Lines Composed a Few Miles above Tintern Abbey, on Revisiting the Banks of the Wye during a Tour, July 13, 1798
"Tintern Abbey" is probably the most famous poem by one of the most famous British Romantic poets. William Wordsworth was writing during the British Romantic period (critics always disagree about how exactly to define the beginning and end of the Romantic period, but suffice to say that it was from around 1785-1820). The Romantic period wasn't so named because the poets wrote a lot about love, but because they were interested in Nature, Beauty, Truth, and all kinds of emotions that you could capitalize to mark as Very Important. The Romantics included poets, novelists, and even some philosophers and other non-fiction writers. In short, it was a complicated and many-sided movement.
But, for our purposes here, we're going to focus on it as a literary movement. There are six principal poets associated with the movement: William Blake, Samuel Taylor Coleridge, William Wordsworth, Lord Byron, Percy Bysshe Shelley, and John Keats. The first three (Blake, Coleridge, and Wordsworth) get the credit for starting the movement, while the last three (Byron, Shelley, and Keats), who were younger, get the credit for carrying the movement forward.
So our man Wordsworth was just one of many poets and writers producing work during this relatively short period, but he stands out for a lot of reasons. First of all, he was one of the people who really got the movement rolling. William Blake had already published his Songs of Innocence and Songs of Experience (in 1789 and 1794), but honestly, no one really read them besides his close friends until well after his death. Wordsworth, on the other hand, was a popular and commercial success, even during his lifetime. In 1798, he published a slim little collection of poems called Lyrical Ballads with his friend and fellow poet Samuel Taylor Coleridge. Coleridge only contributed a few poems to the volume (including "The Rime of the Ancient Mariner" and "The Nightingale"). The majority of the poems in the volume were by Wordsworth, and concluded with the oh-so-famous "Tintern Abbey."
And… boom. The Romantic movement really kicked off. The Lyrical Ballads were a huge hit, and the "Preface" that Wordsworth wrote at the beginning of the volume turned into a kind of poetic manifesto about what he and Coleridge were trying to do, poetically speaking. He said that they wanted to write using "the real language of men," instead of the highfalutin language that poets have been using since Day One. He also said he wanted to do away with the over-the-top metaphors and figurative language that poets so often use. Again, this was because he claimed that real people never actually talk that way. (What, don't you use elaborate extended metaphors all the time?)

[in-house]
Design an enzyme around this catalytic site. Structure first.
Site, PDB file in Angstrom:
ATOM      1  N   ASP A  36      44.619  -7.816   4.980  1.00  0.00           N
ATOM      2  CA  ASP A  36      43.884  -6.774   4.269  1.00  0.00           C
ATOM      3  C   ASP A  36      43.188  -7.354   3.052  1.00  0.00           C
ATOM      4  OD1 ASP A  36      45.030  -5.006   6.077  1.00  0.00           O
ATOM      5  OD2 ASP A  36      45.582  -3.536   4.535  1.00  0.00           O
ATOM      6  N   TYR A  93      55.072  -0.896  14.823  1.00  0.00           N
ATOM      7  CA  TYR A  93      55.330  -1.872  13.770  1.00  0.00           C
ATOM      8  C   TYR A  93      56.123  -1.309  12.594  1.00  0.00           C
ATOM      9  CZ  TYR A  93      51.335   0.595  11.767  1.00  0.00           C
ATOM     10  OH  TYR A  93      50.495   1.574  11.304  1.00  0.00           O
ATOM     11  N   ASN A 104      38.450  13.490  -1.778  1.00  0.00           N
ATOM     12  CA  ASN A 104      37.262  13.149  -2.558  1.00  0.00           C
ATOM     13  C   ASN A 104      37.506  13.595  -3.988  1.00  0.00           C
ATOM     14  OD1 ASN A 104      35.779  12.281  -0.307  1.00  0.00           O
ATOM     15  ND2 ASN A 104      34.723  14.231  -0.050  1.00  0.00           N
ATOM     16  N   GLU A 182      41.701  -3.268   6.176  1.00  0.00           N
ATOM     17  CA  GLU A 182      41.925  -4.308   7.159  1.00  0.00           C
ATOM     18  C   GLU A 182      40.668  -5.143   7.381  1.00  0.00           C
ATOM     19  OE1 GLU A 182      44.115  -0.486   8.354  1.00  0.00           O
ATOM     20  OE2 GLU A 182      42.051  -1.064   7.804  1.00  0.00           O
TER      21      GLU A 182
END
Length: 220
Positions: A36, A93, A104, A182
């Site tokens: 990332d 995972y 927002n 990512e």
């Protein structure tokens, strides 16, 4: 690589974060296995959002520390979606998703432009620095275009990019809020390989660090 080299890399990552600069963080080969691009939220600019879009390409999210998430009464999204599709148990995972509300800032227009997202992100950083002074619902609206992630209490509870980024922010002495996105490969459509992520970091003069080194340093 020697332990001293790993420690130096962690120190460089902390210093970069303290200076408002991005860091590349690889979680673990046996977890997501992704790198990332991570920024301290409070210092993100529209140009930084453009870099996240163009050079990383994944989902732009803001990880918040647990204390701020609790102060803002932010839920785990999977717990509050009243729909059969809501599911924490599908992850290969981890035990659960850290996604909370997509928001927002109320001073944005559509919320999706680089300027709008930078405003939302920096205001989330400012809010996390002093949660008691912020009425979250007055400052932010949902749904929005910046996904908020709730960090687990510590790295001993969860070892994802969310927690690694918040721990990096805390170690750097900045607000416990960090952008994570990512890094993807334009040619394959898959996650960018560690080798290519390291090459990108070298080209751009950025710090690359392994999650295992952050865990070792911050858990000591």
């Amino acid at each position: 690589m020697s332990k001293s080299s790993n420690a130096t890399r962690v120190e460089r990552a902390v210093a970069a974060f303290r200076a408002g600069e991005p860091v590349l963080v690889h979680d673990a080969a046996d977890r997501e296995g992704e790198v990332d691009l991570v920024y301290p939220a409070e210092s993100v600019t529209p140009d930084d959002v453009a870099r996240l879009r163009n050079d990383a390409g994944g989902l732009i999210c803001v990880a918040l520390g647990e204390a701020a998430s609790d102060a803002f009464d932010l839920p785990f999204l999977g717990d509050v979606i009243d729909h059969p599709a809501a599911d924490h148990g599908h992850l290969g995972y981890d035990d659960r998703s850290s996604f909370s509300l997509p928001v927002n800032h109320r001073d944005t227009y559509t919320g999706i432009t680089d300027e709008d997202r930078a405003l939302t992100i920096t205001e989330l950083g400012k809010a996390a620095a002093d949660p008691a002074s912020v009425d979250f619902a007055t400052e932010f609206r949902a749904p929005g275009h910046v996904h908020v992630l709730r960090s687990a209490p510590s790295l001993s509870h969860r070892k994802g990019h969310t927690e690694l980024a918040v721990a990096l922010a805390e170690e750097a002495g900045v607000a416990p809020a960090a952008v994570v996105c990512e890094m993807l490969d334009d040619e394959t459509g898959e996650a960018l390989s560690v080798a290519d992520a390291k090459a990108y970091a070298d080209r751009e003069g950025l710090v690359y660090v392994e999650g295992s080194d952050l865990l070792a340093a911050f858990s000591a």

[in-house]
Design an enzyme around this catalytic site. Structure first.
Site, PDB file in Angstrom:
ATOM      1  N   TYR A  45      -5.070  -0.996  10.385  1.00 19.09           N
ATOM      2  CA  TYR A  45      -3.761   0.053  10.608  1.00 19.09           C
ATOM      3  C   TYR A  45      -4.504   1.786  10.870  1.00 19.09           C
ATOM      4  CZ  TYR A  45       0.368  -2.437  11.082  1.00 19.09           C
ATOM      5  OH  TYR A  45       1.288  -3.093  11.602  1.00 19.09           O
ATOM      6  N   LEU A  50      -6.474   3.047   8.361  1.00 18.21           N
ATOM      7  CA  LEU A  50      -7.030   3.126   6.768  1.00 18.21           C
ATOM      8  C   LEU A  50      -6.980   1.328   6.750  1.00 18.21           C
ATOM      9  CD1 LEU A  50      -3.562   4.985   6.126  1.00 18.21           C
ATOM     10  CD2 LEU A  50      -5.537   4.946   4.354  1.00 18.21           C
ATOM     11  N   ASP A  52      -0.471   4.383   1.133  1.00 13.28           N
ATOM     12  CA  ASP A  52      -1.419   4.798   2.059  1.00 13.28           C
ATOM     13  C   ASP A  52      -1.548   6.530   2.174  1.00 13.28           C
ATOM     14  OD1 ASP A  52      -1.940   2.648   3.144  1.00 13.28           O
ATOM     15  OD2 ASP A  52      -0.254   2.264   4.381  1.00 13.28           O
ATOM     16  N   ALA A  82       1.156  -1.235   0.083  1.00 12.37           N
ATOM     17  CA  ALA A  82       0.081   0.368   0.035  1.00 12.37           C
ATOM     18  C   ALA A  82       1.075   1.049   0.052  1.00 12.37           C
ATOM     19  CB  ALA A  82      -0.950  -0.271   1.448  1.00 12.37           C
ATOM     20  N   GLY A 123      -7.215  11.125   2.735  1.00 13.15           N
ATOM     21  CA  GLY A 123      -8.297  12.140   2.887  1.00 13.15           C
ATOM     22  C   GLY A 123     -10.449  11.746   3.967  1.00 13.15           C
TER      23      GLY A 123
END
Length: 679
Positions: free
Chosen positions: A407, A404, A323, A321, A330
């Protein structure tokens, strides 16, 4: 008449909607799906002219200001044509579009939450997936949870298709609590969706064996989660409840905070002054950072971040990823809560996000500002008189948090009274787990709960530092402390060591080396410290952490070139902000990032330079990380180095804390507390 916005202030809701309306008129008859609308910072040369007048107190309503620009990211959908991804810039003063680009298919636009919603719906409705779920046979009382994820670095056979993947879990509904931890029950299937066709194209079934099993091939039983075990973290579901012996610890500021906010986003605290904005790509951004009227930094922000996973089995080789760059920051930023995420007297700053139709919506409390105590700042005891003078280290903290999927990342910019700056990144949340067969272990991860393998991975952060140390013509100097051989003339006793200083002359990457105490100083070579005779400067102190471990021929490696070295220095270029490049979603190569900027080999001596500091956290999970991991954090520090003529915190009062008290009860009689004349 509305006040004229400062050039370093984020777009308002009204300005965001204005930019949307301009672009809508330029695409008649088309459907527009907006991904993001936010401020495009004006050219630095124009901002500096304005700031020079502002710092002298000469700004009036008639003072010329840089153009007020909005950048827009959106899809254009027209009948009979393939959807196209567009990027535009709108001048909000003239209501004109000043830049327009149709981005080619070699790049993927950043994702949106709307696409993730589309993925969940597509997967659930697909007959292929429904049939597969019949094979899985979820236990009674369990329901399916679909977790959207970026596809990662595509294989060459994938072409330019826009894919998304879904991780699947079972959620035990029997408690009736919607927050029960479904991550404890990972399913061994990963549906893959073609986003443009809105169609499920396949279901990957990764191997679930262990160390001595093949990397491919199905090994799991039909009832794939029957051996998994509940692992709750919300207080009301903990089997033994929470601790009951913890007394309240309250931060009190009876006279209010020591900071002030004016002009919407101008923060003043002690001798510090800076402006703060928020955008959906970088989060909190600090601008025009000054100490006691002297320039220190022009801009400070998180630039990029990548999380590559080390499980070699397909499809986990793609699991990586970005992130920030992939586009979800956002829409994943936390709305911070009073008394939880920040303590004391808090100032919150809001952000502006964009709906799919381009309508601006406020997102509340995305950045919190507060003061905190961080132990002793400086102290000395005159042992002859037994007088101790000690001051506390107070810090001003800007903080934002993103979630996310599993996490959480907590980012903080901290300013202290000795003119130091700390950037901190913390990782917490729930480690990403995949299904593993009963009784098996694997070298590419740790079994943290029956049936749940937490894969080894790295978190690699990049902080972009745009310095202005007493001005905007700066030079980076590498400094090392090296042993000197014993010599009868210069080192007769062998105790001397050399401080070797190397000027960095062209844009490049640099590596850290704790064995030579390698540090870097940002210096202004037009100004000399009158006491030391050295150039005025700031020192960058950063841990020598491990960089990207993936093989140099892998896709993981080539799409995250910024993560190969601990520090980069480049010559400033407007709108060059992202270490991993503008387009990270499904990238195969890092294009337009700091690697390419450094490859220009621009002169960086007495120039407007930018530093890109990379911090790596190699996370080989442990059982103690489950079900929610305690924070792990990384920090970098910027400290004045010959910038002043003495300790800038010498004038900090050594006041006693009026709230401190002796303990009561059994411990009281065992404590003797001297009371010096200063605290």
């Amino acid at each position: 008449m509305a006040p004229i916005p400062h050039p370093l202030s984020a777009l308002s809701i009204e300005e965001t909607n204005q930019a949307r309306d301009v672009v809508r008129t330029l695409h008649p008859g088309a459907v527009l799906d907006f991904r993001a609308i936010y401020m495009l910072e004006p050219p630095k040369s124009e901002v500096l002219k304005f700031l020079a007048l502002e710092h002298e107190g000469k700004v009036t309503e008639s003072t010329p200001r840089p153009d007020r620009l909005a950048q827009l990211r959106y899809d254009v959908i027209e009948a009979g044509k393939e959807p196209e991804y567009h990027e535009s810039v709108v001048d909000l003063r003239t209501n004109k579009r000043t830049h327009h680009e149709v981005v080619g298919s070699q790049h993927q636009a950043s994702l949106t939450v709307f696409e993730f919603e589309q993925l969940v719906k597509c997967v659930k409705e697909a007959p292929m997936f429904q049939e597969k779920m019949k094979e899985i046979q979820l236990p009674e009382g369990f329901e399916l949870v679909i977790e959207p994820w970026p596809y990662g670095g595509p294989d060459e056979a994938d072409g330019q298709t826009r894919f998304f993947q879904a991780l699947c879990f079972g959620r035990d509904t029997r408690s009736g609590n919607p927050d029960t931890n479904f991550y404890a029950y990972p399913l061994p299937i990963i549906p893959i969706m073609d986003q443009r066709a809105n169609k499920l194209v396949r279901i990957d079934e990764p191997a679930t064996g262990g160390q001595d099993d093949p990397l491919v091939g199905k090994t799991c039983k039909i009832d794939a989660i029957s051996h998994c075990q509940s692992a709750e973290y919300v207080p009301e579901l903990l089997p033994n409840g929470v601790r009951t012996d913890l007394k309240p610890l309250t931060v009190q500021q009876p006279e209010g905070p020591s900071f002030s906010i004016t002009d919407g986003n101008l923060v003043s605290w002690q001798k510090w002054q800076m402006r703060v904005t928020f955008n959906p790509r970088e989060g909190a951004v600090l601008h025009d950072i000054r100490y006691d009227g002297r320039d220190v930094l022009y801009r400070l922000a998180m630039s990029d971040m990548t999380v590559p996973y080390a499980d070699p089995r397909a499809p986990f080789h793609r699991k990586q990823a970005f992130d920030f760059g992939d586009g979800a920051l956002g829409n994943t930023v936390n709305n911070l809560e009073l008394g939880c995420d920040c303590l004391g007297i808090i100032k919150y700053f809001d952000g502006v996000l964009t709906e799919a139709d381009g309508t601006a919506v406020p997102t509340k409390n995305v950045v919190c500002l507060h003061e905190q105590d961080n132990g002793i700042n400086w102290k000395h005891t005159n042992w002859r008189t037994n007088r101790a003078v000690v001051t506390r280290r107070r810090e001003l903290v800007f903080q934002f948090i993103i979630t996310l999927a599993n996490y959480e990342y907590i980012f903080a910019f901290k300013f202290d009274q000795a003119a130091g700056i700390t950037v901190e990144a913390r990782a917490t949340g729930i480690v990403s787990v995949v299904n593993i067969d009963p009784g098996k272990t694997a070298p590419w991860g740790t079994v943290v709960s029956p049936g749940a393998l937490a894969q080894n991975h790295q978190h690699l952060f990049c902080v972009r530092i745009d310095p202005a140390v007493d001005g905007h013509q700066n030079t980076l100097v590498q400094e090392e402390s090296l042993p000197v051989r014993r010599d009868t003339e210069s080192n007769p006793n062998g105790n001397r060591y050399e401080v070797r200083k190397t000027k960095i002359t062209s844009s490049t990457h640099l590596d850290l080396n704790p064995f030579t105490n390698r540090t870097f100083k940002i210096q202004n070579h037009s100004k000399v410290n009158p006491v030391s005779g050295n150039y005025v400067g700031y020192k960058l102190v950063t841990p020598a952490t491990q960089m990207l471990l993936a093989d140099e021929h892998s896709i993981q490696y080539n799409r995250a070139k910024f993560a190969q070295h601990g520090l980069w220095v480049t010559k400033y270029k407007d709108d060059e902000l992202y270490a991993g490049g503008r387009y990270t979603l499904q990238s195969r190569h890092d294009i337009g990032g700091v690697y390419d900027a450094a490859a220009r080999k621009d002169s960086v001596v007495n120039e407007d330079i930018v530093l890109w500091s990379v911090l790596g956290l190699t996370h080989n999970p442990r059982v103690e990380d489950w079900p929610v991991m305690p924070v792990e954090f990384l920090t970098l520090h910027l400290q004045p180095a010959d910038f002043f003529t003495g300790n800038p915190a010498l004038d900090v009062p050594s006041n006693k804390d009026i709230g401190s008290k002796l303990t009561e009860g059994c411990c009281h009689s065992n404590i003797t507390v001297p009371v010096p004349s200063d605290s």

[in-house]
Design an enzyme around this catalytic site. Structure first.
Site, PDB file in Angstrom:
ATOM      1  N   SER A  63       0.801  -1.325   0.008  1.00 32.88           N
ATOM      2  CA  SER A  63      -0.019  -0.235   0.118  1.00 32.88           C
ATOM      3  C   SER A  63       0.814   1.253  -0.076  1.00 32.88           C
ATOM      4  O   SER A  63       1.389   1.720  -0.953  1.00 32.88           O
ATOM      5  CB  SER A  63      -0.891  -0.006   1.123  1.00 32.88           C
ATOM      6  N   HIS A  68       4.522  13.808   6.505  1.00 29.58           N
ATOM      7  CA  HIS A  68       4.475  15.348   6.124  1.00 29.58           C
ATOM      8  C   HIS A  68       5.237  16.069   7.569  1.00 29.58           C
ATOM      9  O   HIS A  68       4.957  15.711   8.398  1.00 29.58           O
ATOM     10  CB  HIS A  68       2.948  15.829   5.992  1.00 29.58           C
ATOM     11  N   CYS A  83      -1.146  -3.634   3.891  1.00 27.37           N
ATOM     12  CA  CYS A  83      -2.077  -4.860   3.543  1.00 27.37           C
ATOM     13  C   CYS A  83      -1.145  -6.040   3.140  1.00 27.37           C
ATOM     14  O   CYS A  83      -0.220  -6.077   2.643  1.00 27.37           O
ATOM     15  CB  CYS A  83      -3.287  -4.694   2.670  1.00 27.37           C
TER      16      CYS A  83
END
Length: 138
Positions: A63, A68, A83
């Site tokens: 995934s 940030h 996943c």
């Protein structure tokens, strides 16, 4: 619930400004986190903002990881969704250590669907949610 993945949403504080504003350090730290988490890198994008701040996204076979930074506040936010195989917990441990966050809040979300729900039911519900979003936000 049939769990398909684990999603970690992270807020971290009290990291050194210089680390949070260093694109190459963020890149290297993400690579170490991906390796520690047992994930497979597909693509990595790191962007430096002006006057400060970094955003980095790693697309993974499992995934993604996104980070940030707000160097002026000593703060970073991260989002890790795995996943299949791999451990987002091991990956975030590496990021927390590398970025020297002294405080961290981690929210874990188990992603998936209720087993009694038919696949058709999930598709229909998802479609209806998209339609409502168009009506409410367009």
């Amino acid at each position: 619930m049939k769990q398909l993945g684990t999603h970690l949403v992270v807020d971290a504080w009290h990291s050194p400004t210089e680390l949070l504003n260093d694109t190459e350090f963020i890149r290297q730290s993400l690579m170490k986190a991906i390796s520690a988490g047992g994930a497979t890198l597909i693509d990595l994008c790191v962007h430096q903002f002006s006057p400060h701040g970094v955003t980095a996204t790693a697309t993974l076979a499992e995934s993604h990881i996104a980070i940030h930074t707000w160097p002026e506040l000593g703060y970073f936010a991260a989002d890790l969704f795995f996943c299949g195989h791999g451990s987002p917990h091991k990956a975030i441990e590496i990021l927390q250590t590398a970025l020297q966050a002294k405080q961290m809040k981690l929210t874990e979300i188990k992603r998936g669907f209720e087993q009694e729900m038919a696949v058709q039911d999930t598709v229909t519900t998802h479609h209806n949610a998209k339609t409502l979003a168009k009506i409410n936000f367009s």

But the Lyrical Ballads weren't just revolutionary in terms of the language they used; they also changed the whole idea of what poetry could and should be about. Instead of writing about kings, queens, dukes, and historical or mythological subjects, Wordsworth and Coleridge wrote most of the poems in Lyrical Ballads about common people, like shepherds and farmers. Some of the poems are even about the mentally ill or the mentally disabled, like "The Mad Mother," "The Idiot Boy," and "The Thorn."
"Tintern Abbey" is a little bit different in that it's about the poet himself, rather than a shepherd or distraught mother, but it is still representative of a lot of the changes Wordsworth wanted to make to the way poetry was written. It's written about common things (enjoying nature during a walk around a ruined abbey with his sister), and it uses a very conversational style with relatively simple vocabulary. It also introduces the idea that Nature can influence, sustain, and heal the mind of the poet. This idea also gets developed in The Prelude, a long, semi-autobiographical poem that Wordsworth worked on in some form for his whole life.
Before William Wordsworth wrote "Tintern Abbey" and the rest of the Lyrical Ballads, literature, and especially poetry, was written pretty exclusively for and about rich people. Sure, there are a few exceptions, but that was the general trend. Wordsworth's mission (not unlike Shmoop's) was to open up literature and to make it more accessible and enjoyable to normal, everyday people.
Why Should I Care?
At first glance, "Tintern Abbey" might seem to have no possible relation to your life. It's about a guy reminiscing about a walk he took with his sister five years before. Well, not entirely. That's the excuse for writing, but it's not what the poem is about.
"Tintern Abbey" is about the ways that we change over time, and the ways that we try to figure out just when and how and why we've changed. In short, it's about trying to square the person you used to be with the person you've become. So, if you've ever stopped and asked yourself when you became the person you are, or wondered how or why your memories don't measure up with the facts, this is a poem for you.